Four beautifully spoken young men of maybe 18 to 21 years of age were shopping in my favourite Charity Shop of all time on Monday. Brittany is dotted with vast emporiums with a diverse number of areas for furniture, bric-a-brac, window frames, toys, and……..clothes. It’s called Emmaus. Some are springing up in England too now, so watch out!
There was a muggy mist prevailing when I left home so I donned an old waterproof jacket that my daughter and I share. Sugar lumps in the pocket; where’s she been?
I digress; the point is that these guys, all about 6’ tall, were rivalling each other at finding the most ridiculous things to purchase; by way of communication they bellowed and guffawed in perfect queens’ English at each other over the rails of musty wares. I was irritated; I don’t like it when anyone talks loudly over others in public places, trains, buses and……… charity shops. And, of course, the shoppers were predominantly French speaking. Every turn I took they seemed to be just one step behind me, and then I found a little snippet of a garment. They were still behind and most definitely in ear-shot as I passed the ski-wear and I still couldn’t seem to shake them off; it was all I could do not to smile (like a Rottweiler) and make some comment, but didn’t know what comment to make. The leather jackets passed us by, shoes, bedding handbags and now they were closing the gap. Finally I took cover in a booth to try on the said snippet.
My right arm lacks movement, in fact I had been for my weekly physiotherapy session that same afternoon, so the jacket had to be removed at a jaunty angle, aided by a yank from the extended left arm. Doing a pretty good elephant impression, hardly touching the curtain that was in place for discretion, it then got itself latched onto one of the hooks in the booth until a final yank freed it from my back. That’s when the handful of sugar lumps shattered like shrapnel up above the booth and down onto the unsuspecting customers. I pulled back the curtain just in time to see the ‘gang of four’ as they looked round in obvious surprise and wonder as to how a bowl of sugar lumps could land on them.
Open mouthed in total amazement as to where the shower of sugar lumps had come from, there were the ‘gang of four’….. or were they in envy of the tantalizing snip I was clutching?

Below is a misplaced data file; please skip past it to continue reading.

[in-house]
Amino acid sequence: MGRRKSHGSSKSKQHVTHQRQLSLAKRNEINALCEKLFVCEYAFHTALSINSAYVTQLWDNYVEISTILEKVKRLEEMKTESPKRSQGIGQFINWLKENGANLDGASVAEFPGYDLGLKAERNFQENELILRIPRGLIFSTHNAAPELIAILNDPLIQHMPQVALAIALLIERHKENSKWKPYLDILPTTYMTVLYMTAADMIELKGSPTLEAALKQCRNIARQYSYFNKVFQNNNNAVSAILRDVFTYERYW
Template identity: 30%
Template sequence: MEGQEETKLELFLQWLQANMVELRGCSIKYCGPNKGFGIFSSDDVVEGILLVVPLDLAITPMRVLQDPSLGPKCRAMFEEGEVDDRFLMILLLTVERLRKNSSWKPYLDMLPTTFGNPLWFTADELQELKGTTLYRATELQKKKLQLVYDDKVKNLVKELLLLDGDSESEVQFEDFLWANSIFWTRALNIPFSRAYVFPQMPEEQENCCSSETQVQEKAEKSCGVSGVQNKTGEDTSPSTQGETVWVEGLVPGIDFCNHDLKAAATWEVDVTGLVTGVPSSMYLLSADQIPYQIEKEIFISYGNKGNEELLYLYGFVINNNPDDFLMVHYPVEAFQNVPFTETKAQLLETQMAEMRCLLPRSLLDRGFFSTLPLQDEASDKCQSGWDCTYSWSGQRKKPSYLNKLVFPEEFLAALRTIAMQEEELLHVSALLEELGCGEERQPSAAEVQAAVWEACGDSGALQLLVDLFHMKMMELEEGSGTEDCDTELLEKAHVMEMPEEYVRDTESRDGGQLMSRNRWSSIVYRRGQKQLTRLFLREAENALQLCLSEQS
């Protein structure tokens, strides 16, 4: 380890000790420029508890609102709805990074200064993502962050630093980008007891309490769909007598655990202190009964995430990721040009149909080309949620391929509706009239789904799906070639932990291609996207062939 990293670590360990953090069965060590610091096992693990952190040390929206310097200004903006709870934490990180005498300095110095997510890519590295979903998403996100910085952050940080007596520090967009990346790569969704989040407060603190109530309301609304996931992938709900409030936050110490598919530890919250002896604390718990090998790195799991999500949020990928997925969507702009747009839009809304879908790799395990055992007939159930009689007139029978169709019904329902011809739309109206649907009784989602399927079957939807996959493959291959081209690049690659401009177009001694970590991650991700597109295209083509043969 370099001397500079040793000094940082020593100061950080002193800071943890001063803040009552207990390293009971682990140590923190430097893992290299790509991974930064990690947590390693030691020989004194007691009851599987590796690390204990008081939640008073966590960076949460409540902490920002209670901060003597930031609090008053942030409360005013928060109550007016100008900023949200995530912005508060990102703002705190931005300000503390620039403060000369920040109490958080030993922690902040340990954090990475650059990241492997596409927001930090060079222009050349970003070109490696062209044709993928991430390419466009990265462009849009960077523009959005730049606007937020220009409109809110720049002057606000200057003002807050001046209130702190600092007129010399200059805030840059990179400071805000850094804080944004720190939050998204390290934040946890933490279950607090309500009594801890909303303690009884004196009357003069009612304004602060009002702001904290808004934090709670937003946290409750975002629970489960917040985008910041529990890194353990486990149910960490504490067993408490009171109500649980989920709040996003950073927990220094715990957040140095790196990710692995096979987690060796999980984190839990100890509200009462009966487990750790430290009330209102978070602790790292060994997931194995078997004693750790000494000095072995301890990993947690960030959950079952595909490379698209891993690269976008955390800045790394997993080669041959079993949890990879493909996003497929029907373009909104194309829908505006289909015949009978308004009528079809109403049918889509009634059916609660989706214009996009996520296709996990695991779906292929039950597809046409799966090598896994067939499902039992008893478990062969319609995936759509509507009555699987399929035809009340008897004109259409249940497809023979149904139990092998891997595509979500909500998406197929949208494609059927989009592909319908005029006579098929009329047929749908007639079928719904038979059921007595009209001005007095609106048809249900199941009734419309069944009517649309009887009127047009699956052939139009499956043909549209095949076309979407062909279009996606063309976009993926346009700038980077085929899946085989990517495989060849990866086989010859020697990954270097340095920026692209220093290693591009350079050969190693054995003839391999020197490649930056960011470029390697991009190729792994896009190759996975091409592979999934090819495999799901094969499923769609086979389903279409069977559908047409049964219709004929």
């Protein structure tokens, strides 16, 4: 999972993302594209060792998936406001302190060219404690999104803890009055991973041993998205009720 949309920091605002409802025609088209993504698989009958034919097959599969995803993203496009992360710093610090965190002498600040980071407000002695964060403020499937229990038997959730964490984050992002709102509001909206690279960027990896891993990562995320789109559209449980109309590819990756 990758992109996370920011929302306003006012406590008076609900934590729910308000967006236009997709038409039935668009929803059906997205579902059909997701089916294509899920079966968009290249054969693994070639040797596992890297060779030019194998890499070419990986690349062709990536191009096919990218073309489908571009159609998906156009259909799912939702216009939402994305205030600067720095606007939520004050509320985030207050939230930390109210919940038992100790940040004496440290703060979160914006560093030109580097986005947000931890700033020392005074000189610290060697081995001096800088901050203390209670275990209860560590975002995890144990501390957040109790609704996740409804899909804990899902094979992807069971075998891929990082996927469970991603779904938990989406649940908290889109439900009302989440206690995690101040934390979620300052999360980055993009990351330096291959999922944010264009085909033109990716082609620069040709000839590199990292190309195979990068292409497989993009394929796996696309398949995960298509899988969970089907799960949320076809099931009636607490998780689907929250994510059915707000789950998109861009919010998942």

Hands Orrrf chaps!
Not for the first time am I confused by the true meaning of a word or phrase. As a child, before the general use of showers, my maternal grandmother taught me that cleanliness was akin to godliness. And she duly instructed me how to be sure of both of these disciplines by teaching the art of washing ones’ whole body with three inches of tepid water, It goes like this; you wash up as far as possible and then down as far as possible; then you wash ‘possible’. Over subsequent childhood years this anomaly puzzled me somewhat, but no more than the second untruth.
Ladies, women, girls do not ‘pass wind’; they do a ‘butterfly’. Hence, ” Oh dear, was that a little butterfly?” How charming. And so it is that those points of interest were portrayed to me as a timid child; and to this day, phrases such as “No…that can’t be ‘possible’ ” and ” If only that were ‘possible'”……..you get my drift, have childhood connotations that have little or nothing to do with the current subject matter. And a butterfly, drifting in the summer breeze, flitting from flower to flower as delicate as a , well now, how can I put it, bears no rsemblance whatsoever to my initial beliefs.
In France now, I have had many a juxtapostion with one innocuous phrase. ‘Ah Bon’ With a question mark intonation. Literally…’Ah, Good’; but no, that’s not the case, as you will see. Not so long ago, a particularly good friend of mine had been visiting me regularly at my home in France. Sadly, her husband, after two or three visits, was unable to accompany her and she came alone on these little sojourns. Some time later, he died. When I visited the local bar one day, shortly after his demise, the patron duly asked me if I was well. I assured him that I was fine but asked him if he could recall my friend, who had been present at his 50th birthday party. He could remember her well; so I was saddened to have to tell him that her husband had died. His reposte was “Ah Bon!”. ‘No’ , I said ‘Pas Bon’, Not Good, “Il est mort”, He’s dead! His mannerisms were testimony to the fact that the words and meaning behind them words were totally differnt.
Shortly after that, I was obliged to visit a specialist about a minor problem; “Have you any other ailments?” she asked me. ‘Oh Yes,’ I replied, ‘I have fibromyalgia’!. “Ah, Bon” came the exclamation, ‘No,’ I said, ‘Not Good, It’s very painful’!!